On paper the new Nubira seems to offer it all, but behind the wheel things are still lacking. While an improvement on the outgoing model, the new car feels a generation behind the latest Ford Mondeo and Vauxhall Vectra models. The ride is much improved, and the steering responsive, but despite work on the manual gearbox it still feels sticky. The pedals also take some getting used to as they have a loose, imprecise feel, with little resistance when depressing the clutch.
Another problem which may be down to the redesigned engine management system is a driveline shunt which resulted in me being jerked backwards and forwards whenever pressing and releasing the accelerator. Peculiarly this only seemed to be present on the 1.6-litre engined models we tested. The 1.6-litre also feels underpowered, despite having 105bhp, forcing frequent down-changes on inclines.
The 2.0-litre is far superior for the £1,000 price premium, offering a more enjoyable driving experience and an even higher level of specification. Standard features include alloy wheels, driver and passenger airbags, ABS, side impact protection, seatbelt pretensioners, electric front and rear windows, electric heated door mirrors, remote central locking, alarm, immobiliser, air conditioning, fog lamps, adjustable lumbar support and metallic paint.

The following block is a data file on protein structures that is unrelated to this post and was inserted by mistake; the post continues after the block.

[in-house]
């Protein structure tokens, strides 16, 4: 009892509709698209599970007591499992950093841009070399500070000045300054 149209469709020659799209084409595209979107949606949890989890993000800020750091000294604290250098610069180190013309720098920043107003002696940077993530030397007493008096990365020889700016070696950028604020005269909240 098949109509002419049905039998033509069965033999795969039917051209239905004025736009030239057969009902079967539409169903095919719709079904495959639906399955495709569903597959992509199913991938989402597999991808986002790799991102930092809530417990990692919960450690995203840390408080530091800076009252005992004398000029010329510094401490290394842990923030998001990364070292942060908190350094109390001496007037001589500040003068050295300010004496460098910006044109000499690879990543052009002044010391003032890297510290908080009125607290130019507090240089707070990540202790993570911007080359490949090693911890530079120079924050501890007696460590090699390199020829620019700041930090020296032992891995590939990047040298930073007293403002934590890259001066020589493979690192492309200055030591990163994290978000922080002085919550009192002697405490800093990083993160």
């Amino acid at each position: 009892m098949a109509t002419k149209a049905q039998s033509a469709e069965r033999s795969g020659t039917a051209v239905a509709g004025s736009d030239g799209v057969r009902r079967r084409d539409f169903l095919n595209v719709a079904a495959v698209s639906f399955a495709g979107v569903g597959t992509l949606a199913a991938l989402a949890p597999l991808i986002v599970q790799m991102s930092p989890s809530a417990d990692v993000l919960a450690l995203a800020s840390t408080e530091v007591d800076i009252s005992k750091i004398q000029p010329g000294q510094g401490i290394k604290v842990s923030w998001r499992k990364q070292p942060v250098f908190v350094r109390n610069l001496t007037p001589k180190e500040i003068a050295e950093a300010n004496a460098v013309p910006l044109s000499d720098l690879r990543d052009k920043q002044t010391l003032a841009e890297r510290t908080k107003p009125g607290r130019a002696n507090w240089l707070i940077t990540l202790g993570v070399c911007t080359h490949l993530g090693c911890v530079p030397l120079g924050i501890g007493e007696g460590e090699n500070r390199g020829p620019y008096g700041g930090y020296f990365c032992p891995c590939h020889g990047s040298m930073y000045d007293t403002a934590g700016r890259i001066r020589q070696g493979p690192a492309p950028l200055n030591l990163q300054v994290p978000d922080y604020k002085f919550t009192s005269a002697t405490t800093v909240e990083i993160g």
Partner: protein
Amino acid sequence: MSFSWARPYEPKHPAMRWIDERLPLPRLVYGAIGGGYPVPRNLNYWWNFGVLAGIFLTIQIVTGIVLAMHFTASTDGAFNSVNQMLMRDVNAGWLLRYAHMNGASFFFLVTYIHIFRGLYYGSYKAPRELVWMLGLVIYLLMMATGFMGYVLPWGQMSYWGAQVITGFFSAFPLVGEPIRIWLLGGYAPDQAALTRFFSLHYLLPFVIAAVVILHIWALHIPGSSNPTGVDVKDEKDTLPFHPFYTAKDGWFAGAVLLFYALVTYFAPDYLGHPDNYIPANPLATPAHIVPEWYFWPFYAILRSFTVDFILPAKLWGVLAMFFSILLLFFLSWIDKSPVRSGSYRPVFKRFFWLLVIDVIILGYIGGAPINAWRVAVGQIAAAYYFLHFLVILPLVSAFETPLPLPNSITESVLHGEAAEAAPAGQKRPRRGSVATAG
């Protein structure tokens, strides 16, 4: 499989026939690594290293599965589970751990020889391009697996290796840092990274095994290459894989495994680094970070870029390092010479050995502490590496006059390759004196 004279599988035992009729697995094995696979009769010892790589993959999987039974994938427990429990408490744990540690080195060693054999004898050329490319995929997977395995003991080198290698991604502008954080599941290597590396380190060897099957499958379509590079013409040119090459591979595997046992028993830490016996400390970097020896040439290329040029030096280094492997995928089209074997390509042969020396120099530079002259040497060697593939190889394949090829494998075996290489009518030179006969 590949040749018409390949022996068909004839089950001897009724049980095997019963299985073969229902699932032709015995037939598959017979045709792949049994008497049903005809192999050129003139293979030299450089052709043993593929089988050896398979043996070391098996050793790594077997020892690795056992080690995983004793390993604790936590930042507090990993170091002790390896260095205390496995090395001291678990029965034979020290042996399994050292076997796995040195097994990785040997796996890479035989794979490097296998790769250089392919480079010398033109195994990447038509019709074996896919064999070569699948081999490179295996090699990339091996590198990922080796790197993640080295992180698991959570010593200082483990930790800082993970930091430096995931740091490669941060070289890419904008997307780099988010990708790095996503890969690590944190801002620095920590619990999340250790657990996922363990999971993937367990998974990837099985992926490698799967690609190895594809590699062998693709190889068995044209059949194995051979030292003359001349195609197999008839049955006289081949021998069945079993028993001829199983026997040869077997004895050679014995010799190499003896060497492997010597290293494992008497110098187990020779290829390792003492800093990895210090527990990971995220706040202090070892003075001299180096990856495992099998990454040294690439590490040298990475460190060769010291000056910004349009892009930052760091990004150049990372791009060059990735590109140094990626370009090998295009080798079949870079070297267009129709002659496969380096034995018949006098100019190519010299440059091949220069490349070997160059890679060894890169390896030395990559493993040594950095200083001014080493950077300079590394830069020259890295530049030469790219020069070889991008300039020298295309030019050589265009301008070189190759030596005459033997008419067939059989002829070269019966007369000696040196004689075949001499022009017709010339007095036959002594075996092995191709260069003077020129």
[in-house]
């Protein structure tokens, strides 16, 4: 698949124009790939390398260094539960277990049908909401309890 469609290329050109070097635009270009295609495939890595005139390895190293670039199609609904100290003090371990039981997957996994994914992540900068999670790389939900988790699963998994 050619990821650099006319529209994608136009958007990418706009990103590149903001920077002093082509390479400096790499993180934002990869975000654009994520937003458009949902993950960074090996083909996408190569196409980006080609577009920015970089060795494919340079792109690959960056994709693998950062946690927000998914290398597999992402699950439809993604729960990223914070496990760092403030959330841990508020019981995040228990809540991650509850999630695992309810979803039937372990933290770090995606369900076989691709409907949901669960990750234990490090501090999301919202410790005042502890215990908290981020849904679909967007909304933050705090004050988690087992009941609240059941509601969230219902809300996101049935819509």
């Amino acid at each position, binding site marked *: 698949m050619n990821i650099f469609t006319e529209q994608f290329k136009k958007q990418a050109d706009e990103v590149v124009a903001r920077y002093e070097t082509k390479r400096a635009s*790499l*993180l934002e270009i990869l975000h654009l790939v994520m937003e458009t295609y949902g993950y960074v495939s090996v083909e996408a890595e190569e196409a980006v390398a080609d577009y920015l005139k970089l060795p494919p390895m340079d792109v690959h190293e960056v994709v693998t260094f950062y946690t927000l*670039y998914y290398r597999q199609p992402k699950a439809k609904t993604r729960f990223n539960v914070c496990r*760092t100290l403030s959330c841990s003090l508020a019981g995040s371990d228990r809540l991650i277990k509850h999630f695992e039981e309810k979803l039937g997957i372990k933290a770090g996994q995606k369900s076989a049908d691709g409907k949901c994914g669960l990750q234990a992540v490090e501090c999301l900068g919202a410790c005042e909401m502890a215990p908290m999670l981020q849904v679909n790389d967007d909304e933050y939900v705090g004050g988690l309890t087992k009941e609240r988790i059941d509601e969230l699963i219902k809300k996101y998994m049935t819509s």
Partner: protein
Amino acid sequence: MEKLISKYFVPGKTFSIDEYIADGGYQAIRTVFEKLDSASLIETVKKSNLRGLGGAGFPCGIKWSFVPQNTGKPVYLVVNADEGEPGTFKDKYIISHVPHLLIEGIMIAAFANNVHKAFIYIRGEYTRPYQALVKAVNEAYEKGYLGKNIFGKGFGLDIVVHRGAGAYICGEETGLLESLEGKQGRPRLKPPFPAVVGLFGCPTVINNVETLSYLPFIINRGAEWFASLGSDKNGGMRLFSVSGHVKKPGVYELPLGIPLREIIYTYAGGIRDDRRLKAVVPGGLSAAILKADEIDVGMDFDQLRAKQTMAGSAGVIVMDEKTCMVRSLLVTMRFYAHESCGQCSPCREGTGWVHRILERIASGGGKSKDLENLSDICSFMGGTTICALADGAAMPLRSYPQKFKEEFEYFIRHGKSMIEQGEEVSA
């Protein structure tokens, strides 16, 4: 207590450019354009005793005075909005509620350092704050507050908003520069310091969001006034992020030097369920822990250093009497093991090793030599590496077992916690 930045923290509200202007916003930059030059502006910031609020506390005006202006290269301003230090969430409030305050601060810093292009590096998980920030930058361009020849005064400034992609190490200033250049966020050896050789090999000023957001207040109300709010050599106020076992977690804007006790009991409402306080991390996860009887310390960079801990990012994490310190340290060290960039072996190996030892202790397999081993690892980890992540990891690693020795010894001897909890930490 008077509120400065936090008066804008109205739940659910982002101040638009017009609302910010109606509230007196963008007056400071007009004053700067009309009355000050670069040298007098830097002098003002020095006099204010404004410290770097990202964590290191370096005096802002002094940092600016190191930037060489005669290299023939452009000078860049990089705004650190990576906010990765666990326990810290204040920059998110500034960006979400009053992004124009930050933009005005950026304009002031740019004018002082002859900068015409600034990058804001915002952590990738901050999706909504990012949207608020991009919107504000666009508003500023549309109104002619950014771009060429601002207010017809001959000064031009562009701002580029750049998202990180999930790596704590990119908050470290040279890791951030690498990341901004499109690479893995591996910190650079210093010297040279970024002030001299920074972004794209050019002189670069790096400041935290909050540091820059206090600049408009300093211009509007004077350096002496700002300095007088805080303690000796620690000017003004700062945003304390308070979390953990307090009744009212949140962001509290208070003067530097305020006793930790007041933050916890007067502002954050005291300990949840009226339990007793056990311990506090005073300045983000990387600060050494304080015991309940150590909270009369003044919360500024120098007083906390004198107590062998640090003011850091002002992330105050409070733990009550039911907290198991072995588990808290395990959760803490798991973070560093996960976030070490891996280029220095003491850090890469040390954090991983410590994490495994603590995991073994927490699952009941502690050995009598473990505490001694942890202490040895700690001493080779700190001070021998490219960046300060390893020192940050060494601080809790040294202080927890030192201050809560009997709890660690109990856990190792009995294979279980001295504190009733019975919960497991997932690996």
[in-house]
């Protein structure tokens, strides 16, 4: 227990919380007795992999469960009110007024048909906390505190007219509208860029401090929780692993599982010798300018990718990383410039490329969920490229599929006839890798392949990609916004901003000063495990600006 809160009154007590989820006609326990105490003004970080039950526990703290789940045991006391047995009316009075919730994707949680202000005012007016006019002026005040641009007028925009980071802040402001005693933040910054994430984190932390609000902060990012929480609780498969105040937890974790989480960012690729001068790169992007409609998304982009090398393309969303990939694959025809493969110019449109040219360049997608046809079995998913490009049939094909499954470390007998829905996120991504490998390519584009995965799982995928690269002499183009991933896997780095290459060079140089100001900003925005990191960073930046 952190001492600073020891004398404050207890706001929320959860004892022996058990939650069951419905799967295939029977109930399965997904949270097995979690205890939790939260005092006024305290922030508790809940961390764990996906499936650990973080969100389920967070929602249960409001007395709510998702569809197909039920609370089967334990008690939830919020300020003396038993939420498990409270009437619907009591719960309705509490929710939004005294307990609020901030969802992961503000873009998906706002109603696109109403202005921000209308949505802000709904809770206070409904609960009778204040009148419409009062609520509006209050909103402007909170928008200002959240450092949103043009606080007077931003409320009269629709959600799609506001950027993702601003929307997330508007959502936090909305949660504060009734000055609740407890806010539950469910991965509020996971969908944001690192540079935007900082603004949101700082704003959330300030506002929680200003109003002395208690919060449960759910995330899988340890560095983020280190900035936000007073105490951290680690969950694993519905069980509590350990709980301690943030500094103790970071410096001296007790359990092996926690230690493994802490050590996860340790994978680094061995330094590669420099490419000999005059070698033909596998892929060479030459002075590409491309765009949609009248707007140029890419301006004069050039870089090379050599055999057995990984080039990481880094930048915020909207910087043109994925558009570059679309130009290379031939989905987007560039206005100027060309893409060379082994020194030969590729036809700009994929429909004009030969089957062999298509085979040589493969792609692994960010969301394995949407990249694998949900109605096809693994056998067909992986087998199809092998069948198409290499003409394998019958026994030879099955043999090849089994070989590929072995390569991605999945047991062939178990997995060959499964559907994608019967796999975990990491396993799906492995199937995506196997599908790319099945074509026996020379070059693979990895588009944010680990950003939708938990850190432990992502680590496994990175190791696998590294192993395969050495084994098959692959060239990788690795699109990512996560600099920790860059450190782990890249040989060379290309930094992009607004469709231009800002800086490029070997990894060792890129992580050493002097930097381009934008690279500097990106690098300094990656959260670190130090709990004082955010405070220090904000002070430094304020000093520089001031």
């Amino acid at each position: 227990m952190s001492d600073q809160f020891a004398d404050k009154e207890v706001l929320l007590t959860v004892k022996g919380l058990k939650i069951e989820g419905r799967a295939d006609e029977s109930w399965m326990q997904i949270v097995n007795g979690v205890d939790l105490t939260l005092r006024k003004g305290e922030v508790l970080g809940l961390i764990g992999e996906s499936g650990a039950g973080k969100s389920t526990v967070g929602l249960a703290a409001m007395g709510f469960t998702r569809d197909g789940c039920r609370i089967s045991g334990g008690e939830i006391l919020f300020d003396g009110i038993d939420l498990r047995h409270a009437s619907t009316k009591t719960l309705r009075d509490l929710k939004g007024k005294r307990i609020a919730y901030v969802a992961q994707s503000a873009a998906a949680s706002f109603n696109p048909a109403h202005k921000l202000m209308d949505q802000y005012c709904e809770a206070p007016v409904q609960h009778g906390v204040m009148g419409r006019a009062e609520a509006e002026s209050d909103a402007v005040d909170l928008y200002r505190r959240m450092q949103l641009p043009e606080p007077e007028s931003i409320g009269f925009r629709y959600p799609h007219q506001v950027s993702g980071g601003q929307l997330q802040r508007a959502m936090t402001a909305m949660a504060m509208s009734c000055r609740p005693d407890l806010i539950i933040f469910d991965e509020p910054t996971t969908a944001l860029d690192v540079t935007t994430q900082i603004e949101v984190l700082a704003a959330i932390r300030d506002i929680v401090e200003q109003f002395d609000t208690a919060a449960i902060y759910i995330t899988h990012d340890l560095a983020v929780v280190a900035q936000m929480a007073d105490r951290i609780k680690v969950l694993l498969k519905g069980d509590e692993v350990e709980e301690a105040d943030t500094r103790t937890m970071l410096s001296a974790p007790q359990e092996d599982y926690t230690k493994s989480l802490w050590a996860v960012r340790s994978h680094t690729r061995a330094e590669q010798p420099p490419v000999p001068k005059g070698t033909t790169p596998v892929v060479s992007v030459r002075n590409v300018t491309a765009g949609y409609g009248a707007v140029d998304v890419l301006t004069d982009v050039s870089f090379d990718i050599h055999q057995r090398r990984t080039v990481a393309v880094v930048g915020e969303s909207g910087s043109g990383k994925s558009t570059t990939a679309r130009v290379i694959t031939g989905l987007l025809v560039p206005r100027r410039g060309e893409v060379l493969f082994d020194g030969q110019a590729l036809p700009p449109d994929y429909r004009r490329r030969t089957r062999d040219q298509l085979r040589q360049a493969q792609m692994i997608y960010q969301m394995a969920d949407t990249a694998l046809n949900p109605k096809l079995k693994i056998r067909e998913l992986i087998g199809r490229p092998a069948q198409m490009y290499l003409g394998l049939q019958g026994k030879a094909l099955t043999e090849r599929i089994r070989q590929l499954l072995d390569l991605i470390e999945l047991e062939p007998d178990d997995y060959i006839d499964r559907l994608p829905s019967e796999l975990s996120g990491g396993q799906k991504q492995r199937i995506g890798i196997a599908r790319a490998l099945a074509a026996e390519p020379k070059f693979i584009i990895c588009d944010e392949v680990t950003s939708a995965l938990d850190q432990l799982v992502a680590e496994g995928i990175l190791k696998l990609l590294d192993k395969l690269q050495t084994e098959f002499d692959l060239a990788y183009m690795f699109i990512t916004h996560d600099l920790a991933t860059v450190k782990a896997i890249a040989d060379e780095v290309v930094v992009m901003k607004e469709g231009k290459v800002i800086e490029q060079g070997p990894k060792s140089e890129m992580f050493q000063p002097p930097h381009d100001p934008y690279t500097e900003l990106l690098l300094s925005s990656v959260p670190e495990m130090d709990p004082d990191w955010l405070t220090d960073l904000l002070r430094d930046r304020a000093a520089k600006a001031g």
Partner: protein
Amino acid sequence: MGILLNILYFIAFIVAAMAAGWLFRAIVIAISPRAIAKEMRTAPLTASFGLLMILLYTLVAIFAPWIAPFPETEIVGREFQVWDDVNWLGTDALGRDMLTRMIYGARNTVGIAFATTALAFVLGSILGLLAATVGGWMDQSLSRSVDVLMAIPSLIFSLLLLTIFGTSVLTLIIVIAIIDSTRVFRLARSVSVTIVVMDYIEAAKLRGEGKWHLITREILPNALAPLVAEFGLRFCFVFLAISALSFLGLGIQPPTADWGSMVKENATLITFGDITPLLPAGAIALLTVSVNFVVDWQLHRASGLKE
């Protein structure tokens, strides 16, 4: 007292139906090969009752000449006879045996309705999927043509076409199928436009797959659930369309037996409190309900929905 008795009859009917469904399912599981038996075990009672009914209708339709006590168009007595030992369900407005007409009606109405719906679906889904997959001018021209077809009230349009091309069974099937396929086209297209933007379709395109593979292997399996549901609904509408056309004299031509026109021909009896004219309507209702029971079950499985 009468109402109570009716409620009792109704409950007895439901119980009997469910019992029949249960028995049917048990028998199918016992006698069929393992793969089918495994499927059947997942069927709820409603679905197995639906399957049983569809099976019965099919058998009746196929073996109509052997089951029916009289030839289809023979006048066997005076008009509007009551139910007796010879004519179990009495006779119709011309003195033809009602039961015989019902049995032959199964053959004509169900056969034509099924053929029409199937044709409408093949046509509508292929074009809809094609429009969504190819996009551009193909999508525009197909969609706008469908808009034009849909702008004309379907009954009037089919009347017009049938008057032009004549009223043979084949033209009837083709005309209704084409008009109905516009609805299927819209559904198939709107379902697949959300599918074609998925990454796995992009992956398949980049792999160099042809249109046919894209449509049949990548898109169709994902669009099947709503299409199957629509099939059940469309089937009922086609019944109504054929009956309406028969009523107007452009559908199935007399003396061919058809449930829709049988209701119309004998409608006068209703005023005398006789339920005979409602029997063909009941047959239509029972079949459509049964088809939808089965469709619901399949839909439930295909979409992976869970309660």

In fact it seems strange that Daewoo continues with its 1.6, when the rest of the upper medium market is pulling out of this sector, but the Korean manufacturer has hinted that a 1.8-litre engine and a diesel could arrive in the UK within the next couple of years. It is the 2.0-litre in its saloon and estate formats which are sure to interest the corporate customer. Fuel consumption has improved on the 2.0-litre, with combined economy creeping up from 29.7mpg on the outgoing model to 32.8mpg. And despite Daewoo not yet confirming its carbon dioxide emissions performance it is giving assurances that they will be well down on the outgoing model.
The old Nubira 2.0 CDX saloon produced 221g/km of CO2. Improved fuel economy, a revised engine management system and variable geometry induction system are expected to contribute to a dramatic cut in emissions. Visually the car has improved, with the front end redesigned to incorporate a new grille and headlights, while the greatest changes have been made at the rear. The back end, with its clear tail lights, has become quite attractive.
The car's interior has also been completely revamped and gone are the days of hard plastic, with a new soft touch dashboard. A new facia design, reshaped seats and new door trims finish the improvements which combine to give the car a more upmarket feel. It is predicted the new Nubira will sell about 2,500 units in its first full year, roughly the same as the outgoing model, making up about 20% of Daewoo's total UK sales of about 14,000 units. For fleets wanting a highly-specified, low-priced, workhorse for its reps, the Nubira offers a tidy package, particularly with the 2.0-litre engine. But image falls short of Mondeo and Vectra and companies hoping to save in front-end prices may lose out in human resources costs.